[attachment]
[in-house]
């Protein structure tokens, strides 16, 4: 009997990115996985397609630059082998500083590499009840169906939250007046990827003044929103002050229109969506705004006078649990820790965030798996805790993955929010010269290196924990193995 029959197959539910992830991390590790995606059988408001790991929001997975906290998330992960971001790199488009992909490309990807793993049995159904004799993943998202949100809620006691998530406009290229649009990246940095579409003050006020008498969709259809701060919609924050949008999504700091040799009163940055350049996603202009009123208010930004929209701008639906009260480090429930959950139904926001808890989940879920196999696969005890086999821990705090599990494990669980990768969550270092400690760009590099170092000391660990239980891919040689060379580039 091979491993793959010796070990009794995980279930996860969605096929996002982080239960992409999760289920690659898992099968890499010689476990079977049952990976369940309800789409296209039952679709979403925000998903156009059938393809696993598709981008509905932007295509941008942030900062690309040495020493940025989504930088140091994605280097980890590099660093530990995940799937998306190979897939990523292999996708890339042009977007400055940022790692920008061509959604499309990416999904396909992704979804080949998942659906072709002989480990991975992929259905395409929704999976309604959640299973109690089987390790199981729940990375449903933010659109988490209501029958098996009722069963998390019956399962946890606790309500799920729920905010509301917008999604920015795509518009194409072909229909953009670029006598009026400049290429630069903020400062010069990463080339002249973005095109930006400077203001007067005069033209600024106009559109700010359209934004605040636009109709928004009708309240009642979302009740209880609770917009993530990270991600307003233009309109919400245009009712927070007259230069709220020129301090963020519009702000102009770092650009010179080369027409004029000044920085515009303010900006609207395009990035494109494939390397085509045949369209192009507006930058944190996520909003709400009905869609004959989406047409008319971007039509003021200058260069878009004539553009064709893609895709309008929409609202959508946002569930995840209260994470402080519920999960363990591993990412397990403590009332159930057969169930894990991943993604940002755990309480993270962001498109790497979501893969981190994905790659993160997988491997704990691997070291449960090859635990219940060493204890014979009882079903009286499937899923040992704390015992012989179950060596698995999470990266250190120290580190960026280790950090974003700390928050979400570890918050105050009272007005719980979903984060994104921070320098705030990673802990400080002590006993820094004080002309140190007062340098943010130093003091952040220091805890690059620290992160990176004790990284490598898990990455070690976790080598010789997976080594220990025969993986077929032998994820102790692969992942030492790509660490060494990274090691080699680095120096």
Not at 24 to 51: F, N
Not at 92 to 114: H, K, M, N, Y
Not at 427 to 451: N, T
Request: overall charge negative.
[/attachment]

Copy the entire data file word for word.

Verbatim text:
[in-house]
């Protein structure tokens, strides 16, 4: 009997990115996985397609630059082998500083590499009840169906939250007046990827003044929103002050229109969506705004006078649990820790965030798996805790993955929010010269290196924990193995 029959197959539910992830991390590790995606059988408001790991929001997975906290998330992960971001790199488009992909490309990807793993049995159904004799993943998202949100809620006691998530406009290229649009990246940095579409003050006020008498969709259809701060919609924050949008999504700091040799009163940055350049996603202009009123208010930004929209701008639906009260480090429930959950139904926001808890989940879920196999696969005890086999821990705090599990494990669980990768969550270092400690760009590099170092000391660990239980891919040689060379580039 091979491993793959010796070990009794995980279930996860969605096929996002982080239960992409999760289920690659898992099968890499010689476990079977049952990976369940309800789409296209039952679709979403925000998903156009059938393809696993598709981008509905932007295509941008942030900062690309040495020493940025989504930088140091994605280097980890590099660093530990995940799937998306190979897939990523292999996708890339042009977007400055940022790692920008061509959604499309990416999904396909992704979804080949998942659906072709002989480990991975992929259905395409929704999976309604959640299973109690089987390790199981729940990375449903933010659109988490209501029958098996009722069963998390019956399962946890606790309500799920729920905010509301917008999604920015795509518009194409072909229909953009670029006598009026400049290429630069903020400062010069990463080339002249973005095109930006400077203001007067005069033209600024106009559109700010359209934004605040636009109709928004009708309240009642979302009740209880609770917009993530990270991600307003233009309109919400245009009712927070007259230069709220020129301090963020519009702000102009770092650009010179080369027409004029000044920085515009303010900006609207395009990035494109494939390397085509045949369209192009507006930058944190996520909003709400009905869609004959989406047409008319971007039509003021200058260069878009004539553009064709893609895709309008929409609202959508946002569930995840209260994470402080519920999960363990591993990412397990403590009332159930057969169930894990991943993604940002755990309480993270962001498109790497979501893969981190994905790659993160997988491997704990691997070291449960090859635990219940060493204890014979009882079903009286499937899923040992704390015992012989179950060596698995999470990266250190120290580190960026280790950090974003700390928050979400570890918050105050009272007005719980979903984060994104921070320098705030990673802990400080002590006993820094004080002309140190007062340098943010130093003091952040220091805890690059620290992160990176004790990284490598898990990455070690976790080598010789997976080594220990025969993986077929032998994820102790692969992942030492790509660490060494990274090691080699680095120096």
Not at 24 to 51: F, N
Not at 92 to 114: H, K, M, N, Y
Not at 427 to 451: N, T
Request: overall charge negative.